The cast is nothing to frown at either, with Vera Farmiga and Millie Bobbie Brown playing the troubled mother and daughter at the center of the human narrative. Sally Hawkins, Ken Watanabe, and Charles Dance will also star in the film, but all I really care about is the epic monster showdowns between these kaiju. Yes, the hype train is full steam and perhaps the film will not live up to expectations, but one thing is for sure: I may cry when Mothra first appears on screen. Godzilla: King of the Monsters crashes its way on screen May 31.
High Life, dir. Claire Denis
For her hotly-anticipated English language debut, Claire Denis has crafted an enigmatic sci-fi horror starring the incomparable Juliette Binoche, renowned cinephile Robert Pattinson, and Suspiria fan favorite Mia Goth. In a role originally intended for the late Philip Seymour Hoffman, Pattinson portrays a felonious father who struggles for survival alongside his daughter in deep space. Various themes include artificial insemination, the ultimate isolation of the cosmos, the expression of sexuality, but the bizarre is standard for Denis — her 2001 film Trouble Every Day, a quietly bloody love story about sex cannibals, is fascinatingly challenging and teeming with the taboo. The bits and pieces I’ve heard from the lucky few who caught High Life during its fall festival run tell me that her latest work promises to up the ante.
Although the film technically already premiered at TIFF and screened at NYFF this year, film Twitter darling A24 has scheduled its official US release date for April 12. If you can wait the extra week, the out-of-this-world setting and arresting visuals will make High Life the perfect 4/20 flick.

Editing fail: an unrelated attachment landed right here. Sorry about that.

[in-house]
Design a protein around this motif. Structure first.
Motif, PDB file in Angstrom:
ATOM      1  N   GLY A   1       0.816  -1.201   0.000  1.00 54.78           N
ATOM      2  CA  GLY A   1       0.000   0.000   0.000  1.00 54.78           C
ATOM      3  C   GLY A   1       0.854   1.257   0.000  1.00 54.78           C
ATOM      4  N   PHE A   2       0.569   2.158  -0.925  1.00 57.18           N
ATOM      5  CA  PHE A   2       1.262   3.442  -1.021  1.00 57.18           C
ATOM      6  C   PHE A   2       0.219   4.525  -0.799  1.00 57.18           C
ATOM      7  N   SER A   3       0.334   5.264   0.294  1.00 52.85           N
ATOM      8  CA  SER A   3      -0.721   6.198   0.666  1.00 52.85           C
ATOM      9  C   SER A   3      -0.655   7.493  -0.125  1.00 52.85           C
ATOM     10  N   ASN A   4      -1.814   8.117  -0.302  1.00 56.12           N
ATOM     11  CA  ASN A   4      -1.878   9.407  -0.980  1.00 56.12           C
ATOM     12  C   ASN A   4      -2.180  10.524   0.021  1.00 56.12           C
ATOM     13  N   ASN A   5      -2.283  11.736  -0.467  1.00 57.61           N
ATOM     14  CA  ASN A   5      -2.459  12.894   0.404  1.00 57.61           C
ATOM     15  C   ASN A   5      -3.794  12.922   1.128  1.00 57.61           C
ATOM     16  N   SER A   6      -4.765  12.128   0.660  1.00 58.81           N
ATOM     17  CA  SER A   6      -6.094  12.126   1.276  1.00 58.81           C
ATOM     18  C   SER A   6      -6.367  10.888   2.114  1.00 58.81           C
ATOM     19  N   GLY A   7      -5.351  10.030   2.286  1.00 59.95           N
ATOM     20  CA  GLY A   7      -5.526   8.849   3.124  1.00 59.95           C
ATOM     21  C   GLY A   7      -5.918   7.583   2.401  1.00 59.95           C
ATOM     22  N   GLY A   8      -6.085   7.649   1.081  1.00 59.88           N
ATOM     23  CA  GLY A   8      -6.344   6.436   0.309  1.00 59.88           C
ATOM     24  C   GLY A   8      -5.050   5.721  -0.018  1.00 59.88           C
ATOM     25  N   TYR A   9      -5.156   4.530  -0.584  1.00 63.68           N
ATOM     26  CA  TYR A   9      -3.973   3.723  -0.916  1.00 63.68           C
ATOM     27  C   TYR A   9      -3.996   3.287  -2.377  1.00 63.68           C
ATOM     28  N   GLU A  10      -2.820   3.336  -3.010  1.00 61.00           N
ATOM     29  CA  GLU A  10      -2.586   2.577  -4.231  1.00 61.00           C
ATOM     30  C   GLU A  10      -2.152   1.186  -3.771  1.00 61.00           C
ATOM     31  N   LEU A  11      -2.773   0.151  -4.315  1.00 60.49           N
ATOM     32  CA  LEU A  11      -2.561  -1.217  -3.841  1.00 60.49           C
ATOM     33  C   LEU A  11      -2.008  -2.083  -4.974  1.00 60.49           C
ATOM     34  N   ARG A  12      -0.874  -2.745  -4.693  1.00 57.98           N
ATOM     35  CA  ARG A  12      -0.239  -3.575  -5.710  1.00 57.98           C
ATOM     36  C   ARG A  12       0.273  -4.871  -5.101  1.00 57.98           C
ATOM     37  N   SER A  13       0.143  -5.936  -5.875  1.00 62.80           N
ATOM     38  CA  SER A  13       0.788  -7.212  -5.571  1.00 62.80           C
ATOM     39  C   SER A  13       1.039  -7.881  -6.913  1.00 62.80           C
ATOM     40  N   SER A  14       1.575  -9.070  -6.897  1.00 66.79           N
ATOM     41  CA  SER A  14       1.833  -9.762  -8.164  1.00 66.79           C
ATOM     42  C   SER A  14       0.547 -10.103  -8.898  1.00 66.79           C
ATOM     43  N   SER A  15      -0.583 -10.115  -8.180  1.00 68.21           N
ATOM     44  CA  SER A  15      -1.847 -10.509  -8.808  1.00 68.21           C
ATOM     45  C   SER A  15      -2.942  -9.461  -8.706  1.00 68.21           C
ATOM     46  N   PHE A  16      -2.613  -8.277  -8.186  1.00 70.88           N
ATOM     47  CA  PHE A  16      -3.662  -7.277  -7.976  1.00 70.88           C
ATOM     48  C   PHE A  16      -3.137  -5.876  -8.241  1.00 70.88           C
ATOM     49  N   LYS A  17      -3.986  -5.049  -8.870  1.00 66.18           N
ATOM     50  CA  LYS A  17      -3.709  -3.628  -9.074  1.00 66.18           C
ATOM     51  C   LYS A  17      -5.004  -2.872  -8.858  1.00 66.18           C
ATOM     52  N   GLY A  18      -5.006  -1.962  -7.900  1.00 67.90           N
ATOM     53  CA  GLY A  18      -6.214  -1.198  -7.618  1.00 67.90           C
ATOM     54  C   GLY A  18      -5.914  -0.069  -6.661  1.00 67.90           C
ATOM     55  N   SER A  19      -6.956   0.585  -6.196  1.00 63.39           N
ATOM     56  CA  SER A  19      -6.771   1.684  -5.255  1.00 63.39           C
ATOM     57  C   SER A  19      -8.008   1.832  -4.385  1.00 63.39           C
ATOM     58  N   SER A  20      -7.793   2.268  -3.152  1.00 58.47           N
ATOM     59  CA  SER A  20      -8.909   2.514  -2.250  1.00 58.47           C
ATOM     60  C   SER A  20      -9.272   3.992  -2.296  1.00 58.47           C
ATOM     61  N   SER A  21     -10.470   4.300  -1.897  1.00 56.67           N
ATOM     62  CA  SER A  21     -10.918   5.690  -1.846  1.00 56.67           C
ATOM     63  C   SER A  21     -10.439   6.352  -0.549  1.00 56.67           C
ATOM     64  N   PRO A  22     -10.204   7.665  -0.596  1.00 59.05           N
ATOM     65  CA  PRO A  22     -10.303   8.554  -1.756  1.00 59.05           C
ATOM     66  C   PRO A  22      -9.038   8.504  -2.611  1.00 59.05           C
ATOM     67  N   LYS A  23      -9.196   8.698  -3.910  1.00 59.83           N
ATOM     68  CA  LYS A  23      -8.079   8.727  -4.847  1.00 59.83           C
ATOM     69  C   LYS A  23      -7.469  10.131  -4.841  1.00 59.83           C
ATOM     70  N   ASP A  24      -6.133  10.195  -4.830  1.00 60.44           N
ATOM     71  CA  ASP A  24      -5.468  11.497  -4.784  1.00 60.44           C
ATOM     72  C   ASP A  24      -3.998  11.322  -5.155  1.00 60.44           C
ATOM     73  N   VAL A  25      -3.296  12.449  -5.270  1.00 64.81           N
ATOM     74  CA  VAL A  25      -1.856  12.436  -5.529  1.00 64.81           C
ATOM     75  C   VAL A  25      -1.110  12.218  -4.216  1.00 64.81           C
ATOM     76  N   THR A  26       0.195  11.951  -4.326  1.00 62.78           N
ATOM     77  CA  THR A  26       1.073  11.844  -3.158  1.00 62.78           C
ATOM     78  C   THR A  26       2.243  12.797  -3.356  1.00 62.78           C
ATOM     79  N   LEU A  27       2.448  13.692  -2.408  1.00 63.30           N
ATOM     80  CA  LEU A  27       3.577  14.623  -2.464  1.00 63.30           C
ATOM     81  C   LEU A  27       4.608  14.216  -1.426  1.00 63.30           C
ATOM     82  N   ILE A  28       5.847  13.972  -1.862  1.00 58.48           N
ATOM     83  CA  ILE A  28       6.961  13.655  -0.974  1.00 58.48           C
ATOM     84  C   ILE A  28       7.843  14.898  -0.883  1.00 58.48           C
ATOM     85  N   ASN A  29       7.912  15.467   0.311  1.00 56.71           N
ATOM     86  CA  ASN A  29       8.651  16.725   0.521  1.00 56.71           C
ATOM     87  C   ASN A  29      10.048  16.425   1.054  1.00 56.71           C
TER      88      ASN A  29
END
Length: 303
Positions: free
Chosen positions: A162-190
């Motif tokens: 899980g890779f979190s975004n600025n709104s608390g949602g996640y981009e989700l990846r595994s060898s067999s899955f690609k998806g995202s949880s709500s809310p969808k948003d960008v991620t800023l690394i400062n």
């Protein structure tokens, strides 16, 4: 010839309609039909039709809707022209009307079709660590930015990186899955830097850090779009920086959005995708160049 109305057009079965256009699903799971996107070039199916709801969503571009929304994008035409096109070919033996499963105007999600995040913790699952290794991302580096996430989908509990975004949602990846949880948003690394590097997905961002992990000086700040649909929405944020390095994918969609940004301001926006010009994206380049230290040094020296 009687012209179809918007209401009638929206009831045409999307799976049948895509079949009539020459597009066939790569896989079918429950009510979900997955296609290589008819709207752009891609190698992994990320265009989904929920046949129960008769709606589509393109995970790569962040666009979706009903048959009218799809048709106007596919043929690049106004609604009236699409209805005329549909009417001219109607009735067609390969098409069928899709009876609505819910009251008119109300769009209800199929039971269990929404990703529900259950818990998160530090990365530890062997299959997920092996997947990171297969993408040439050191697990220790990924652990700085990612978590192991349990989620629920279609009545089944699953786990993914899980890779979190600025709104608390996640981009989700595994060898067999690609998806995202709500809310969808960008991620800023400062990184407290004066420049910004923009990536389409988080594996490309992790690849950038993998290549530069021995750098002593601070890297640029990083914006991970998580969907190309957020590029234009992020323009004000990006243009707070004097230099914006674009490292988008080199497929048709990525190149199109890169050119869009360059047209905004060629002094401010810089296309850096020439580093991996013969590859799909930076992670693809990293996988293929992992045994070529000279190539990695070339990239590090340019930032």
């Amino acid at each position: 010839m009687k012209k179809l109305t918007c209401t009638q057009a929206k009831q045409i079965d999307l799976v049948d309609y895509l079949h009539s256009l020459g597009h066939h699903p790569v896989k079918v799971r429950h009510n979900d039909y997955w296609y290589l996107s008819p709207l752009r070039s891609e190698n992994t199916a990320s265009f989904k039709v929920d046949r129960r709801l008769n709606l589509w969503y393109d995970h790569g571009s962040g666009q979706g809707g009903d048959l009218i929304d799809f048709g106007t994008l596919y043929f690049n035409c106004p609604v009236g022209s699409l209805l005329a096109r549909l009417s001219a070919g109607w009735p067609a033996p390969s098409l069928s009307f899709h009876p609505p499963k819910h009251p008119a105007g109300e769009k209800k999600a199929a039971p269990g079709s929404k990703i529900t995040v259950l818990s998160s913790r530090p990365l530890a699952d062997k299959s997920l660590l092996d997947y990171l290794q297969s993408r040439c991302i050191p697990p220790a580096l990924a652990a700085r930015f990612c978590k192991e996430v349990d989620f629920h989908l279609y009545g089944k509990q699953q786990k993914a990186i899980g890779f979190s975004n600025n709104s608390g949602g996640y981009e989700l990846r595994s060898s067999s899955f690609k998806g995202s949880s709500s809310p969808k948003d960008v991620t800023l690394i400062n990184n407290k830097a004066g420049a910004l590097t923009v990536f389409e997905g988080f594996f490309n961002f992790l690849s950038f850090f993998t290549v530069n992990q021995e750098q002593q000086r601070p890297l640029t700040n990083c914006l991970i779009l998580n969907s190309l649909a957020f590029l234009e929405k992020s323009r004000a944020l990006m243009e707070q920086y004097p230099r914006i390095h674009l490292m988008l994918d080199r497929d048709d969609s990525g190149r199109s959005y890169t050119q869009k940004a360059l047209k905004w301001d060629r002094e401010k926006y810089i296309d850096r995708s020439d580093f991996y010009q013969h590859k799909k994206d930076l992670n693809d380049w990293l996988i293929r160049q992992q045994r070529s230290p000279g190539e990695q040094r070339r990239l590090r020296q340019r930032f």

It’s A Beautiful Day in the Neighborhood, dir. Marielle Heller
With 2018’s Won’t You Be My Neighbor poised to have a decent chance at winning big this awards season, as well as our culture’s current tendency to cling to the pure we can find, the late Fred Rogers is currently in high demand. Enter Marielle Heller, coming off a string of recent successes in 2015’s Diary of A Teenage Girl and 2018’s Can You Ever Forgive Me? Heller has mentioned that It’s A Beautiful Day will not be a biopic of Mr. Rogers, but rather a story of the effect he had on journalist Lloyd Vogel, who wrote a famous profile of Rogers.
I’m always in support of remembering Rogers, as well as his message of kindness and emotional maturity. Hopefully this film makes us feel as warm as Rogers himself did. Casting Tom Hanks, one of our collective fathers, to play Rogers is certainly a promising start. He stars alongside TV heavyweight Matthew Rhys with a script from the minds that brought us Transparent. I’m confident Heller will be able to lift us once again and help us remember that it is us that he likes. It’s A Beautiful Day in the Neighborhood is set for release on October 18, 2019.
Jojo Rabbit, dir. Taika Waititi
Taika Waititi is one of our most beloved masters of cringe comedy — from his debut Boy to his vampire mockumentary What We Do in the Shadows, the Kiwi director finds warmth in the most awkwardly hilarious of situations. It’s a testament to his talent that he never lost his singular style when he moved to the blockbuster machine, helming one of Marvel’s best, Thor: Ragnarok. It didn’t take long for him to return to his roots — the World War II satire Jojo Rabbit is due in 2019, and Bubbles, his stop-motion animated film about Michael Jackson’s pet chimp, is also on the way.
Inspired by the “great satires of the past like Doctor Strangelove or The Great Dictator,” Jojo Rabbit sounds like peak Taika Waititi: a young boy in World War II Germany has an imaginary friend in the form of “an ethnically inaccurate version of Adolf Hitler” (played by Waititi, naturally.) He begins to question his patriotic beliefs when he discovers his mother is hiding a Jewish girl in their home. The film also stars Leave No Trace breakout Thomasin McKenzie and everyone’s favourite Asian Scarlett Johansson. Call me hyped!